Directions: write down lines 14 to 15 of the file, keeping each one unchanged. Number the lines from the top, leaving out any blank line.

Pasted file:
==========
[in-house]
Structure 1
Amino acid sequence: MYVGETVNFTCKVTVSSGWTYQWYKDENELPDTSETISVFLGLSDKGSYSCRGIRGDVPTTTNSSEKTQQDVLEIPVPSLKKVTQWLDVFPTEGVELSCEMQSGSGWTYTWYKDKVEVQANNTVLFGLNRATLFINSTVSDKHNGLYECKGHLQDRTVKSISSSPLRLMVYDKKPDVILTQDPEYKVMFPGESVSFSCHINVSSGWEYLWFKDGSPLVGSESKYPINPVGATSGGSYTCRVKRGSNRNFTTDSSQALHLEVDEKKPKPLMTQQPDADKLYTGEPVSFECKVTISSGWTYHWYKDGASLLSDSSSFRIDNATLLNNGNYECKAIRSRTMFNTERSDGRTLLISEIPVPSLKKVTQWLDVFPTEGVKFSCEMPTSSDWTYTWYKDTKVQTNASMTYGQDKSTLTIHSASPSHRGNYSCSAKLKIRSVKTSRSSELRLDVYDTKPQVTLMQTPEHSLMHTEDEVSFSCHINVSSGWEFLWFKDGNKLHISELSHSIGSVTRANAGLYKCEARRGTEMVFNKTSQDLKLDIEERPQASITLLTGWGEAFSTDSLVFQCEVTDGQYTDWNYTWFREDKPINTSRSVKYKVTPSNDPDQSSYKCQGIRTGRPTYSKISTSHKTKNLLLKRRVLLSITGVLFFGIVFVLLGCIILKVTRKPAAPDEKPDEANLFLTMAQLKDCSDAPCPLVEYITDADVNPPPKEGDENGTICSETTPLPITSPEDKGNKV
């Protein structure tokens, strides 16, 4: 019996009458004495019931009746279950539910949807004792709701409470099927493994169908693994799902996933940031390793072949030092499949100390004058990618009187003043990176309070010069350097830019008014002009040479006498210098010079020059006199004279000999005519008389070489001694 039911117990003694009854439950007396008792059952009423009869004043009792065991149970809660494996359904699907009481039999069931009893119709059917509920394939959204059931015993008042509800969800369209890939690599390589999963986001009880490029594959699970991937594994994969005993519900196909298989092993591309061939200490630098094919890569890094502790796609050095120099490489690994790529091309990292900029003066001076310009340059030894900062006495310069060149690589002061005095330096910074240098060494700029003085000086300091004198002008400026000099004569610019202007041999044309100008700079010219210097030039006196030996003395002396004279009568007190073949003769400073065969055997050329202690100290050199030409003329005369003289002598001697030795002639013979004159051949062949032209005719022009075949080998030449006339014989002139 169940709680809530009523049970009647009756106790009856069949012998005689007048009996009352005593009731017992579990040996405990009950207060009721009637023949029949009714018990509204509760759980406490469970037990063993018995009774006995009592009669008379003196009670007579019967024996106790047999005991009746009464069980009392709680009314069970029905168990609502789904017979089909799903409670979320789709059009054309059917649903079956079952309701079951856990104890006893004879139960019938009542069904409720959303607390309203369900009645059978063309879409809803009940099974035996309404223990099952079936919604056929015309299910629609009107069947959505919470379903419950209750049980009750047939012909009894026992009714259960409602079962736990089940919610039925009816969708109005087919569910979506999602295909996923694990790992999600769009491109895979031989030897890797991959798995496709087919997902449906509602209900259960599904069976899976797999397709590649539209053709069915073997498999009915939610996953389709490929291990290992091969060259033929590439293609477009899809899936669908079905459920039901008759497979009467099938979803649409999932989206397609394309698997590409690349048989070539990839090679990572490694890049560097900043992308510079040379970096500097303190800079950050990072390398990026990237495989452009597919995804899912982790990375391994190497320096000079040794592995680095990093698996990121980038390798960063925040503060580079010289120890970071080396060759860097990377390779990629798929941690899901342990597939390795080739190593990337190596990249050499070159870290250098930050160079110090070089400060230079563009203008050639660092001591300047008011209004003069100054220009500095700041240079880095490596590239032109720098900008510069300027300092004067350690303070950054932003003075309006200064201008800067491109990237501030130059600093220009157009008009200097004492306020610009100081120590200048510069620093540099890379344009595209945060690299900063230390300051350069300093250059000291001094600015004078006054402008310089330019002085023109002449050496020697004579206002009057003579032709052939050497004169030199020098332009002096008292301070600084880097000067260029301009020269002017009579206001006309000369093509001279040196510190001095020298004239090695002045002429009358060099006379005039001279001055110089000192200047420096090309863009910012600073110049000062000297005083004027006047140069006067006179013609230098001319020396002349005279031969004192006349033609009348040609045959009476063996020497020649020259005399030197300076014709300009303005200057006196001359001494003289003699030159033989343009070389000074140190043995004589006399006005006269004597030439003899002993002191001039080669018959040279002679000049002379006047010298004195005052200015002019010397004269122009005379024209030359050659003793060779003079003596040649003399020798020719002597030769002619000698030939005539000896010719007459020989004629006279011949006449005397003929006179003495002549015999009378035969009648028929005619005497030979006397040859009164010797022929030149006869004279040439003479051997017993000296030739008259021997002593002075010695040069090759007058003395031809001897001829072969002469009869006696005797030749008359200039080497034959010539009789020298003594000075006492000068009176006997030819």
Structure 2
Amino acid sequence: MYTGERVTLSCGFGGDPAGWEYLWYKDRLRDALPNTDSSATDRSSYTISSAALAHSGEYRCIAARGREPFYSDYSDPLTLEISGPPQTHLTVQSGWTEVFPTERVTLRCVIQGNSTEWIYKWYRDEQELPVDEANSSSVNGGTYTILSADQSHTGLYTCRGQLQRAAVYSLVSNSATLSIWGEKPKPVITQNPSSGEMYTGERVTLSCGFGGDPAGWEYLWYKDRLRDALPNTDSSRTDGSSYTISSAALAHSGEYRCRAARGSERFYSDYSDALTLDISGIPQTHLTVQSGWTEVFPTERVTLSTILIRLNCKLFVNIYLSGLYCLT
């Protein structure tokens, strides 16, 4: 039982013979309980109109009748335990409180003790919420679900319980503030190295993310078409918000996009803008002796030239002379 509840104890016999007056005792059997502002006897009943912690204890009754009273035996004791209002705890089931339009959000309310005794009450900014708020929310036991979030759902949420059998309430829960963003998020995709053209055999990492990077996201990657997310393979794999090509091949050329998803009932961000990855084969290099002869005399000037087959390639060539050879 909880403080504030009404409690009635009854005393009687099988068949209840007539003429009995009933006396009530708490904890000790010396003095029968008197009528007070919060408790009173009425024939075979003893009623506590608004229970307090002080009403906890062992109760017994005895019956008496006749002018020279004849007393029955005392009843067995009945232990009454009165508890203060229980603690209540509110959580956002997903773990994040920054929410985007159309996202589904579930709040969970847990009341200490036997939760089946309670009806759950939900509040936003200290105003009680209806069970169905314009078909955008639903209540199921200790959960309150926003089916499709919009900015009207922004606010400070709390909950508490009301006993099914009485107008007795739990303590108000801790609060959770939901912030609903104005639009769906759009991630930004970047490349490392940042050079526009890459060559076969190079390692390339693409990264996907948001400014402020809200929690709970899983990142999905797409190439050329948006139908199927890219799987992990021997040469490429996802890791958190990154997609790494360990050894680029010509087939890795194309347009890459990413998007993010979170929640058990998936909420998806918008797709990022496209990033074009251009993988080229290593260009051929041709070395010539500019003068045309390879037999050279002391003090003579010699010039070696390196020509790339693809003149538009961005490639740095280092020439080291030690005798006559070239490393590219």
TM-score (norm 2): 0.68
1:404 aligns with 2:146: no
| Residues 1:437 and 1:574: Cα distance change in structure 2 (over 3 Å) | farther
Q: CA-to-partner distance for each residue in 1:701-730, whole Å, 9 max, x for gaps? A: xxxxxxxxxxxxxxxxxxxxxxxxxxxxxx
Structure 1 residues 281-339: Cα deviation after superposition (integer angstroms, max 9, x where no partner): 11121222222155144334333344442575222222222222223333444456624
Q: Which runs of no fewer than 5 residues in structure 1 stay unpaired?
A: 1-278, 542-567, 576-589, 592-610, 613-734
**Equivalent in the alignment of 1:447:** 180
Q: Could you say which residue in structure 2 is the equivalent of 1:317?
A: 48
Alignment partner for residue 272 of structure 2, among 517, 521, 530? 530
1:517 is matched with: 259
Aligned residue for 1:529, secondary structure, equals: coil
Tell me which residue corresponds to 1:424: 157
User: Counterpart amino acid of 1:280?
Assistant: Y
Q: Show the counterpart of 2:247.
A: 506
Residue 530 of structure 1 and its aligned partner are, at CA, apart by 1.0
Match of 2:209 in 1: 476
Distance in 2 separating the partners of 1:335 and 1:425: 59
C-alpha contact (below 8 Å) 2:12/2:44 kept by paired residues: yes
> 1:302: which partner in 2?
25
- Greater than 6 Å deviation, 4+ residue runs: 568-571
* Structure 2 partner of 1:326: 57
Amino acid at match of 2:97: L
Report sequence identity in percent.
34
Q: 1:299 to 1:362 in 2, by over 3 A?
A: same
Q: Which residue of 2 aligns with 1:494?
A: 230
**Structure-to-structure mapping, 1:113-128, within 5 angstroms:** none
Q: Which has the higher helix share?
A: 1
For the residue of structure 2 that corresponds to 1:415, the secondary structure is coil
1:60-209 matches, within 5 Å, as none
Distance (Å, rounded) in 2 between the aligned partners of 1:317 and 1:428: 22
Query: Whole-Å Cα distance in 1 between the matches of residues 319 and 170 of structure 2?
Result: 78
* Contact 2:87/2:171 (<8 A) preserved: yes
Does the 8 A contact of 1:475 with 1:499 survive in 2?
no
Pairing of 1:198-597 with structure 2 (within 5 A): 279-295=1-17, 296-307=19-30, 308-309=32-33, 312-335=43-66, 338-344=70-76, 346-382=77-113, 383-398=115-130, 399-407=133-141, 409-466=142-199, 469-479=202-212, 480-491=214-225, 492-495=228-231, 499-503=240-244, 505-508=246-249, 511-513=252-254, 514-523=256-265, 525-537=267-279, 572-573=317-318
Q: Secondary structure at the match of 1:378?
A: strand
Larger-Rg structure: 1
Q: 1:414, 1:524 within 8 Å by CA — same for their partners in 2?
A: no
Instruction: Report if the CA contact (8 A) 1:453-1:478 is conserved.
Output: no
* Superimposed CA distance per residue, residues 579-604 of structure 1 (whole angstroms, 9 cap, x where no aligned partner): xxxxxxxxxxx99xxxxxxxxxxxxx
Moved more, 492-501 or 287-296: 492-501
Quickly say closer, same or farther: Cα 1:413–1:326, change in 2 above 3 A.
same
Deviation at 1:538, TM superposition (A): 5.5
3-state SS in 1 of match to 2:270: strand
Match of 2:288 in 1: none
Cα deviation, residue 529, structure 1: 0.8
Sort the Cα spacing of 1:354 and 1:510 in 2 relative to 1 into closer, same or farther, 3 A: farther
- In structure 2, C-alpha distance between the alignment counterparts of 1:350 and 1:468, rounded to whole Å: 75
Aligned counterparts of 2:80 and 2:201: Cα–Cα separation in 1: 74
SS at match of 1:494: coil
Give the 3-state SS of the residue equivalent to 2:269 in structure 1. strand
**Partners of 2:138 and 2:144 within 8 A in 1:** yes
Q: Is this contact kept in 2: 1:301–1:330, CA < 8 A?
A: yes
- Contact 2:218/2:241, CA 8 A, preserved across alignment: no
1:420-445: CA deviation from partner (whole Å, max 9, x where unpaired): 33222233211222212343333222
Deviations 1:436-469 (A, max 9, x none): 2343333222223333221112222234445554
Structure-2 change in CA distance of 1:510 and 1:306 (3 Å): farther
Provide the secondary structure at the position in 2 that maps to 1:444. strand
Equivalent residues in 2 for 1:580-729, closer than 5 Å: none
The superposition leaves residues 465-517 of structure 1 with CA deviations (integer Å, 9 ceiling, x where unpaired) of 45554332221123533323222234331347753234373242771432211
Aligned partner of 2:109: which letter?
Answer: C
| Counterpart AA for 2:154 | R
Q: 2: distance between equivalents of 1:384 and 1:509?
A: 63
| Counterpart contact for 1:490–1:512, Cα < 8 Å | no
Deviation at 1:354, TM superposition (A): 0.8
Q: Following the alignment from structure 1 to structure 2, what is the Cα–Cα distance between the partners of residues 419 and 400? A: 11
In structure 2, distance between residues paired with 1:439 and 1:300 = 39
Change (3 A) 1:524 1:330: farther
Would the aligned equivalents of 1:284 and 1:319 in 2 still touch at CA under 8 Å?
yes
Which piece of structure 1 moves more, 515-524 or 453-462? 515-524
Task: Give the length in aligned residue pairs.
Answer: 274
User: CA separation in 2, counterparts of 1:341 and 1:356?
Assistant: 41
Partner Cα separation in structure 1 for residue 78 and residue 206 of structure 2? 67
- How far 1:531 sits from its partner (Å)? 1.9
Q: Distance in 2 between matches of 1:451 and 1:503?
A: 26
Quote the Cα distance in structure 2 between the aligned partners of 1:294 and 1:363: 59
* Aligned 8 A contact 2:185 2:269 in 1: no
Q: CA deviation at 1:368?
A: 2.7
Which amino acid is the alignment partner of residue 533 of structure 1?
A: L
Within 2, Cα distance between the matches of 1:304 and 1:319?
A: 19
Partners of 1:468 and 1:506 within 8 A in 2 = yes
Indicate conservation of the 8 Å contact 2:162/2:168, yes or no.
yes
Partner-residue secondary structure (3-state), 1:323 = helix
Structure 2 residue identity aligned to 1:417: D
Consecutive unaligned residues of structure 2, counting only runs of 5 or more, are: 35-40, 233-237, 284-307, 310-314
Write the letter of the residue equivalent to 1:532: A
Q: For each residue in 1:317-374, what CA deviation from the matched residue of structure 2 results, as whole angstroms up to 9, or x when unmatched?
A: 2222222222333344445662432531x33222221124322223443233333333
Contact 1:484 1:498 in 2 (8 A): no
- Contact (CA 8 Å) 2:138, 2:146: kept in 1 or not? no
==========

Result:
A: 1-278, 542-567, 576-589, 592-610, 613-734
**Equivalent in the alignment of 1:447:** 180